Authors: Martha Powell, Future Science Group
Researchers have analyzed the genome of Mycobacteria tuberculosis, demonstrating the HIV co-infection could influence how M. tuberculosis evolves via an altered immune environment.
It is known that co-infection with HIV makes individuals more susceptible to TB infection – these patients often suffer severe complications and have higher mortality rates. This study, published recently in Molecular Biology and Evolution, hypothesized that HIV co-infections create altered host immunological environments thereby influencing the evolution of M. tuberculosis.
The team collected samples from individuals in Khayelitsha (South Africa), a community in Cape Town with among the highest HIV and TB rates in the world, and carried out an evolutionary analysis of the M. tuberculosis full genome sequences.
They compared bacteria from HIV uninfected and HIV co-infected individuals, discovering specific sites in the M. Tuberculosis genomes where the bacteria may have evolved in response to HIV co-infection.
Author Anastasia Koch (University of Cape Town, South Africa) explained: “This is the first time that phylogenetically informed and statistically sophisticated evolutionary models have been applied to M. tuberculosis whole genome sequence data to detect codon site specific natural selection that might be influenced by HIV co-infection.
“An important finding of this work is that natural selection on M. tuberculosis codons can be detected using these methods and that HIV may be impacting how M. tuberculosis is presently evolving.”
The researchers then classified the sites they had identified, and discovered that large numbers of these sites occurred in regions of the genome coding for epitopes. Koch expanded: “The finding of some evidence for differential selection on epitope encoding regions was unexpected, but not totally counter-intuitive.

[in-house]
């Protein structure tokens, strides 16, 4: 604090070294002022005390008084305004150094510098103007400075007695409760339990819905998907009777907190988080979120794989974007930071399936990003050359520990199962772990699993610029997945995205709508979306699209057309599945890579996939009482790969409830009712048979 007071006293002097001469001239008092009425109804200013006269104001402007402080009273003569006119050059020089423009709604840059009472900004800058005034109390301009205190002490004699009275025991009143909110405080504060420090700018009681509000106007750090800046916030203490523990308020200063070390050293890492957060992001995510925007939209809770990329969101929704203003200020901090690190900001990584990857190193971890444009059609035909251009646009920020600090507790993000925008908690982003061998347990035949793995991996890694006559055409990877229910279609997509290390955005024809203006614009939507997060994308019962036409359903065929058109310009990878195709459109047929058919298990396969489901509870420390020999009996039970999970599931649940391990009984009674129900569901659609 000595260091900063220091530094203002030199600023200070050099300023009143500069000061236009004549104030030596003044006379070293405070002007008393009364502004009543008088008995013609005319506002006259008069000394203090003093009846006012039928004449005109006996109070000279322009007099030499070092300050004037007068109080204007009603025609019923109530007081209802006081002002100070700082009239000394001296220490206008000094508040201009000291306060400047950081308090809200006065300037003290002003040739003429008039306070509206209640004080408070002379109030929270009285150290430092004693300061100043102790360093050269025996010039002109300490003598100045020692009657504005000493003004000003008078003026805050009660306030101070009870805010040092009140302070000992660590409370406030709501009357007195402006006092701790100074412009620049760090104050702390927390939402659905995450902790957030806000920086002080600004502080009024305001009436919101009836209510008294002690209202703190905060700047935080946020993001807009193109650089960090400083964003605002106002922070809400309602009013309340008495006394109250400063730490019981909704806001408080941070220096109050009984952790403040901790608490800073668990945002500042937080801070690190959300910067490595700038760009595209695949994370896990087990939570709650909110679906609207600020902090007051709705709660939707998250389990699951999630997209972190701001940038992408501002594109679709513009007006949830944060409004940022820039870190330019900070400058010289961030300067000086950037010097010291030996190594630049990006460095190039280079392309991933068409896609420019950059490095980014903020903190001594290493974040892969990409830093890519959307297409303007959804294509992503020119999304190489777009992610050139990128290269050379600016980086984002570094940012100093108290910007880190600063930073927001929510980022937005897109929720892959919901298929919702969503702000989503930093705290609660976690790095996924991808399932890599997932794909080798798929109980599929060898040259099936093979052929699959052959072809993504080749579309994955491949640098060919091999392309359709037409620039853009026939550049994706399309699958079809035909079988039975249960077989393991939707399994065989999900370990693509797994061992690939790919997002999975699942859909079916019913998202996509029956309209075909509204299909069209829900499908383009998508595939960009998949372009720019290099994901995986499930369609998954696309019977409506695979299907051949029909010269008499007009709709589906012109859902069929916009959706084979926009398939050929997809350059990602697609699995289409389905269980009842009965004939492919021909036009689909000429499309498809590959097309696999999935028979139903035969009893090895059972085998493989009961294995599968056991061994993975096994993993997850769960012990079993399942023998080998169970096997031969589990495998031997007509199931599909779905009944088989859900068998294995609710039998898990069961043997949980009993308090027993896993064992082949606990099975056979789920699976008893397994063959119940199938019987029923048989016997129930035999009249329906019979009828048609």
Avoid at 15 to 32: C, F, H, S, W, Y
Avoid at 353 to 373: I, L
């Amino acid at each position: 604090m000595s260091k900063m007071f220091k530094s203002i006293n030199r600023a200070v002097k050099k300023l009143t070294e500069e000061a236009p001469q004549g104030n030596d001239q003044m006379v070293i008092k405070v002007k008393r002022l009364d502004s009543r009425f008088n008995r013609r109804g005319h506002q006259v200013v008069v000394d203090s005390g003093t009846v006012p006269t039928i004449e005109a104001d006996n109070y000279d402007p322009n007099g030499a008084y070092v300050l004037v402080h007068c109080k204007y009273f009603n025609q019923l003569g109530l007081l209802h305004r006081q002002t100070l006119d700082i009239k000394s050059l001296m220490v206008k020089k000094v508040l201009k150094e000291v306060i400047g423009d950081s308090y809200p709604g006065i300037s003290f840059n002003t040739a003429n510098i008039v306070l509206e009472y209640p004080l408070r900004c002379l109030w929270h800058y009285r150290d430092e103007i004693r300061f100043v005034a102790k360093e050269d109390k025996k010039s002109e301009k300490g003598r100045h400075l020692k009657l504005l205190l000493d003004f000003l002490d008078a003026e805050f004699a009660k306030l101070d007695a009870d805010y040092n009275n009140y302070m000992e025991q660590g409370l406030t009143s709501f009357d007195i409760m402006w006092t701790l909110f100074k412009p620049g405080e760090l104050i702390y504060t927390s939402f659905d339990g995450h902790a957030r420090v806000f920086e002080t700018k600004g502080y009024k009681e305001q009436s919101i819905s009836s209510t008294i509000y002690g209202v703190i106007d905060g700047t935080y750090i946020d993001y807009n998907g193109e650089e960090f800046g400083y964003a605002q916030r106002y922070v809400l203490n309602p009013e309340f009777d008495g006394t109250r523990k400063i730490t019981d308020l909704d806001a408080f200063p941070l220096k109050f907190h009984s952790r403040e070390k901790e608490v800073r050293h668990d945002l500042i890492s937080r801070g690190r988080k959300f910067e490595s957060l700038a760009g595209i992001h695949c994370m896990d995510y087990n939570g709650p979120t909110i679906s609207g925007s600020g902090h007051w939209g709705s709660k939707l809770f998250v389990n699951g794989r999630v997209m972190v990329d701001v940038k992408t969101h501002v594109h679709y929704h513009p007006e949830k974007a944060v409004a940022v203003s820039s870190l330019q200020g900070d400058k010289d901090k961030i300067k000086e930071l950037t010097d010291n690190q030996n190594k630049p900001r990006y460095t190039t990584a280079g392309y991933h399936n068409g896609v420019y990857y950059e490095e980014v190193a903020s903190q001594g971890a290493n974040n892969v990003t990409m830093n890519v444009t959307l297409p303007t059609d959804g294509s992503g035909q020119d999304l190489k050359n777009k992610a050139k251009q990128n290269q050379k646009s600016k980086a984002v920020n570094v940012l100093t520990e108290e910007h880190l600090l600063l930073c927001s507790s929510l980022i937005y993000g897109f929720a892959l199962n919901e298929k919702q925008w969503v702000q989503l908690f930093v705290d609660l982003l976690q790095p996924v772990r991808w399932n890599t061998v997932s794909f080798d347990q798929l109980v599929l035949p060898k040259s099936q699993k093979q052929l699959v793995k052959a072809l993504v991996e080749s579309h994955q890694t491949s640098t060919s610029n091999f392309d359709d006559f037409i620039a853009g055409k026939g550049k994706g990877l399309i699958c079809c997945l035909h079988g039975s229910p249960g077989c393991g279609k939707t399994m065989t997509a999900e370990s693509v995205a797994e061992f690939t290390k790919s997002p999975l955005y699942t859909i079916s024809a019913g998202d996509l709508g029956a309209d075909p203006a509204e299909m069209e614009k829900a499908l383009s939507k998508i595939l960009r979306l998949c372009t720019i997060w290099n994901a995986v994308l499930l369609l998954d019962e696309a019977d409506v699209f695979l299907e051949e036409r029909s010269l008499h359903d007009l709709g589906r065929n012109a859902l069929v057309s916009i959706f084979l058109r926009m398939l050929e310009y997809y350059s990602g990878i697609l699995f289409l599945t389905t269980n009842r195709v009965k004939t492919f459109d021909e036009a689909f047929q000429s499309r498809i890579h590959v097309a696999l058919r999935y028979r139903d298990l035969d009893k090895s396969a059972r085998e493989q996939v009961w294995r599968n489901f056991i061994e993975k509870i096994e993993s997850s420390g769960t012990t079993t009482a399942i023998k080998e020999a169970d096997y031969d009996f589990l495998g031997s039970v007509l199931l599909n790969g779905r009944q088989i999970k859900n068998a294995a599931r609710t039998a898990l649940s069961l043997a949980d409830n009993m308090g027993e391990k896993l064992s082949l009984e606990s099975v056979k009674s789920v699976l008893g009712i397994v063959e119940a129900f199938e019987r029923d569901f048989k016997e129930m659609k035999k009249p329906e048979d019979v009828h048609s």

“Previous work by our collaborators has established unusual levels of M. tuberculosis epitope conservation in HIV uninfected individuals, which suggests that, in the absence of HIV, epitope conservation is favourable for M. tuberculosis. HIV co-infection may disrupt the relationship between host and bacillus, and thus decreases the favourability of epitope conservation.”
Although more research is needed, the authors hope their findings will inform perceptions around the potential of M. tuberculosis to evolve in response to interventions, such as antibiotics and vaccines, but also to largely uncontrollable factors such as co-infections or microbial communities present in the host.
Koch concluded: “It is also highly desirable that our results are validated on larger datasets in other disease settings to establish how generalizable our findings are; especially since the influence of HIV on M. tuberculosis epitope evolution could have implications for the design of vaccines to be administered in settings with high rates of HIV-associated TB.”
Sources: Kock A, Brites D, Stucki D et al. The Influence of HIV on The Evolution of Mycobacterium Tuberculosis. Mol. Biol. Evol. doi:10.1093/molbev/msx107 (2017) (Epub ahead of print); https://www.eurekalert.org/emb_releases/2017-03/mbae-hci031517.php